Many people do not realize it. But Google and Facebook have systems that make their page load quicker than other websites. You might remember yourself going crazy because of the time these silicon giants made you wait while loading their page. But believe it or not, Google and Facebook actually have systems deployed to make their pages load faster.
Today, we will look at the systems that make their pages load faster.
Facebook has installed a system they call “Big Pipe” to accelerate their page load speed. This system was installed in 2009 and it made the site twice as fast.
The strength of this system lies in the disintegration of the web pages into small bits. They call these small decomposed fragments “Pagelets”. So, instead of firing a giant bulk web page, they fire these small fragments which load instantly.
This module as expected, fires the most important sections first that comprise the main page structure. The statuses of friends and people and communities they like load a bit later- one by one- for you to like, comment, share, get amazed and sometimes ignore.
Google is a very big company and I am sorry to reiterate that. But, since it is (very) big, it has the resources and capacity to install “Cache/Mirror Servers” wherever they feel they need one.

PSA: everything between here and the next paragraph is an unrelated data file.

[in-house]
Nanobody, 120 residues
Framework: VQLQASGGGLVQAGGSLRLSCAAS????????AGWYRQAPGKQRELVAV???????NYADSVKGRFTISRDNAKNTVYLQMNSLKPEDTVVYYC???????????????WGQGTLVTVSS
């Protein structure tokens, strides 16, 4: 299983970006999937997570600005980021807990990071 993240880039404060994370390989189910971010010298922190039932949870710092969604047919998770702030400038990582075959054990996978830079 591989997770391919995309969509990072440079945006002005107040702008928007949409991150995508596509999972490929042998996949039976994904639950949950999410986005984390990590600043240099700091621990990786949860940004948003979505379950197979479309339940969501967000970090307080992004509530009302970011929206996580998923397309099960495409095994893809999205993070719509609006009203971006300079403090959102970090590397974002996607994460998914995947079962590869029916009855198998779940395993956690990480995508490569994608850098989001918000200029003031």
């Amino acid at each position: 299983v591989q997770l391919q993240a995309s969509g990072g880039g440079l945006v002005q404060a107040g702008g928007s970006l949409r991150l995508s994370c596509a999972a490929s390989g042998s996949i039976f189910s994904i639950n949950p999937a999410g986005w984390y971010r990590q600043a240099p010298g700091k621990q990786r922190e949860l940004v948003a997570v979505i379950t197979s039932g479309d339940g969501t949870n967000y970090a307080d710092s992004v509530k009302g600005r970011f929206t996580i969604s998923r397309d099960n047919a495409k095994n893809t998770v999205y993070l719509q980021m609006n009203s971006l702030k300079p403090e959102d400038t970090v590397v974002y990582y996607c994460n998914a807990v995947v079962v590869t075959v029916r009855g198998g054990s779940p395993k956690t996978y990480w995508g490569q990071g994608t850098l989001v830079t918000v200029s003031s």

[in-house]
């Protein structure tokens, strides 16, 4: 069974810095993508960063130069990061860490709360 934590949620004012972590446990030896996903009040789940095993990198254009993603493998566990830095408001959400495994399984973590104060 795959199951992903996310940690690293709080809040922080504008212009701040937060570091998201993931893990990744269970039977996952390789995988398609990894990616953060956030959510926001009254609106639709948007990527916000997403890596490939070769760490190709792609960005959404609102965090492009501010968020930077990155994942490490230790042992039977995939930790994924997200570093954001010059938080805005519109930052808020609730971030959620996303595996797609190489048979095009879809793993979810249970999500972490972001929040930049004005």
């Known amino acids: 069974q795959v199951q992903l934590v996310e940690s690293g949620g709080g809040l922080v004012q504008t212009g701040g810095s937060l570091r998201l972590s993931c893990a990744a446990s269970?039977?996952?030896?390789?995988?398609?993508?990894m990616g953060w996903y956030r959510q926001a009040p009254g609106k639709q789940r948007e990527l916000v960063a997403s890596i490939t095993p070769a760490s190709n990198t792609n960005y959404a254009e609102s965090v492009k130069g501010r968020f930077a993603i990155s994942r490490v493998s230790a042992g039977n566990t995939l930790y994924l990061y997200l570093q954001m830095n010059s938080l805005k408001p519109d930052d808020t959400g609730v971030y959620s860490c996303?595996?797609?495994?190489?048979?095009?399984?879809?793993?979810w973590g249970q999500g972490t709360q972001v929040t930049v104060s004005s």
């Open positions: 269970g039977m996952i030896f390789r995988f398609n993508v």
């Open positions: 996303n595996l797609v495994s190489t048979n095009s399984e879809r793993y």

And they have got it installed on hundreds of places. When you have a server near you, the time it will take to communicate with the server (send a query and get a response) significantly decreases.
The following is a snapshot of locations where Google has one of those cache servers installed. And it is basically everywhere!
The other reason that makes Google super fast is the simplicity of the most of its pages. They have very low graphical information. When a user searches for something, videos are listed in the results. But they are never played! This simplicity also plays a major part in loading the pages faster.
Interesting footnote: Google processes 40,000 search requests every second. That translated to 3.5 billion searches per day and 1.2 trillion searches per year. And mind you, those are the statistics of 2012. And as of now, it is 11/17/2016.